Idea No.


American Girls -8yr- Bracelet Making Craft



April 2003


Kristi in Washington, Oklahoma, USA


American Girl Party

AMERICAN GIRLS (Book Series) BIRTHDAY PARTY My daughter is a big fan of the American Girls book series, and wanted to have an American Girls party to celebrate her 8th birthday. After weeks of trying to come up with ideas, inspiration finally hit while I was wandering the aisles of a craft store. We came up with a party that my daughter and all her friends loved!  

INVITATIONS:  I scanned in a drawing of all the American Girls' faces in a circle, and used it to make invitations, thank-you notes, and the cake decoration as well. I printed the drawing onto pre-cut round labels, which I stuck onto bigger cardstock circles. Then we glued the circles onto cardstock that I had already printed with all the party information. (Hallmark sells AG party invitations and thank-you notes, but I needed to save a little money so I printed my own. It certainly took a lot more time, but they were personalized and looked nice, too.)   

DECORATIONS:  We chose patriotic colors for our decorations: red, white, and blue streamers, balloons, plates, napkins, and utensils. I found some American Girls party goods at Hallmark, but with all the other party expenses, these were a little too costly. I did buy the dinner plates, which featured a drawing of all the American Girls. The trim on the plates was maroon, which fit in pretty well with our patriotic color scheme. I also bought a greeting card at Hallmark which featured a portrait of each American Girl. I scanned each portrait into my computer, enlarged them to full-sheet size, and printed them out. I trimmed them, glued them onto maroon or navy cardstock, added a ribbon to the bottom, and hung them on the wall as posters. I also checked out the first book in each American Girls series ("Meet Kit", "Meet Samantha", "Meet Molly", etc.) and stood all 8 of them up on one of the tables as decorations.  

FOOD:  I had considered making foods from the different American Girls' periods in history, but I've found that most kids don't each much at birthday parties, and all the time and effort goes to waste along with the food. So, we went with the All-American food--hot dogs and chips! We also had Sierra Mist to drink. For an added touch, the girls could choose to put drops of either red or blue food coloring in their drink. The birthday cake was decorated with the drawing of the American Girls I had scanned into the computer. I printed it out the size I wanted, cut it into a circle, then attached it to a circle of waxed paper with a small amount of glue. After I frosted the round cake I placed the American Girls drawing in the middle. I made little frosting stars around the outside of the circle, and when I was finished I showed my sister, who thought it was one of those edible pictures! I found the cutest candles at Hobby Lobby--they were about 3/4" in diameter and looked like red, white and blue firecrackers. Eight of them fit just perfectly around the picture on the cake, and it looked great. 

PARTY TREATS:  Each girl was given a set of American Girls tattoos I had made on the computer. I purchased a package of temporary body art stickers from Wal-Mart and printed the portraits of the American Girls onto the sheets at about 1" tall each. My daughter cut them apart and put a set of 8 (one of each American Girl) into tiny ziplock bags for her guests. We also made books by gluing cardstock with a ribbon attached to the back and spine of Post-It Note pads. The books closed by tying the ends of the ribbon together. I printed the portrait of all the American Girls onto round labels, and attached one to the front of the books. At the party we explained that the girls could use these for "commonplace books", something that was popular in the time of American Girl Felicity Merriman. Colonial girls would make "commonplace books" and write jokes, tongue twisters, and popular sayings of the day in them. The girls also got to take home a pretty ceramic thimble (from the "Hide the Thimble" game, below), and made their own charm bracelets (see the last paragraph of "Games and Activities" below).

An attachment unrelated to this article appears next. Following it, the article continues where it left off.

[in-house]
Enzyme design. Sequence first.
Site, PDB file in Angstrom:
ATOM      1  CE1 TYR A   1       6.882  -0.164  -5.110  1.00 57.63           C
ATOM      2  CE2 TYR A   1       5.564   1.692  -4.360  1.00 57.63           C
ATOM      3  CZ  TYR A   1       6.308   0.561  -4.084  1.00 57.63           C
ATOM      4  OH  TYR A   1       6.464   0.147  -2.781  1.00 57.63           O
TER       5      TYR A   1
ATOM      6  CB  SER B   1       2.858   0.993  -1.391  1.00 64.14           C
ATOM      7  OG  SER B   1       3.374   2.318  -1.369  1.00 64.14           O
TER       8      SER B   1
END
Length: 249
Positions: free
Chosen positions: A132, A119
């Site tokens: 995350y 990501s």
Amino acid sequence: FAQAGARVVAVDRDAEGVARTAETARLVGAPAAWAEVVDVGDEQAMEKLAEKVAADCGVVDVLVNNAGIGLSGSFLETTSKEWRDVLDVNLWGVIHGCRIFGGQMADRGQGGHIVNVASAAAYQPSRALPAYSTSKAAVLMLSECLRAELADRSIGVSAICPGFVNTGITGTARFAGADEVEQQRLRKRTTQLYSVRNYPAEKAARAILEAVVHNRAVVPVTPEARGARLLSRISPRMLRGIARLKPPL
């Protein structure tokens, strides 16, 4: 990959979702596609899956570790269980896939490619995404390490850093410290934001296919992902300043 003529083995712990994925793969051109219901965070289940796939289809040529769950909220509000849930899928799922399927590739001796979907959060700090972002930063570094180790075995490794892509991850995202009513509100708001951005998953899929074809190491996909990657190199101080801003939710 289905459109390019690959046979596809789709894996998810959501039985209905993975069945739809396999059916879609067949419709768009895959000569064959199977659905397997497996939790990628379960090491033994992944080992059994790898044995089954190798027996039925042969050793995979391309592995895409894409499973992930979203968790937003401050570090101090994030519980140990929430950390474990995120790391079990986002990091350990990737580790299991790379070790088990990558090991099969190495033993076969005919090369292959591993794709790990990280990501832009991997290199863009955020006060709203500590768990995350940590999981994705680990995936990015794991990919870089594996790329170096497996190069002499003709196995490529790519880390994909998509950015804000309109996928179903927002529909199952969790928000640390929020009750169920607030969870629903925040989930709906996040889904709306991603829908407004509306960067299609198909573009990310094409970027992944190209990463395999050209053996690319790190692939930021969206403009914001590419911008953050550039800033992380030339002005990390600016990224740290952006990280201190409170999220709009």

GAMES & ACTIVITIES:  There are eight different American Girls in the book series, so I found a game or activity that was representative of each character's time in history. Because most of the guests had not read any of the American Girls series, before each game or activity I introduced the corresponding American Girl character. I took that character's book from the table where they were used as decorations and passed it around while I told the girls a little bit about her and the time in American history in which she lived. These are the games and activities we enjoyed: 

Kaya (1764)--"The Moccasin Game":  This is a traditional Nez Perce game I found on the internet. The girls paired off and took off their shoes. I gave each pair a small bead. They took turns hiding the bead under one of the shoes so the other could guess which shoe it was under.  

Felicity (1774)--Learning to Curtsy and "Hide the Thimble":  Colonial young ladies like Felicity had to learn to curtsy properly. The girls stood up and I told them, step-by-step, how to curtsy. They practiced a little, then all had a turn to show us their best curtsy. Also in colonial times girls would play a game called "Hide the Thimble", in which all the girls would leave the room except one, who stayed behind to hide a thimble. Then the others would return and search for the thimble. We played this a little differently. I bought a box of 12 ceramic thimbles decorated with painted flowers. My husband hid all 12 thimbles in the party room, so each girl got to search for, find, and take home her pretty thimble, which they loved.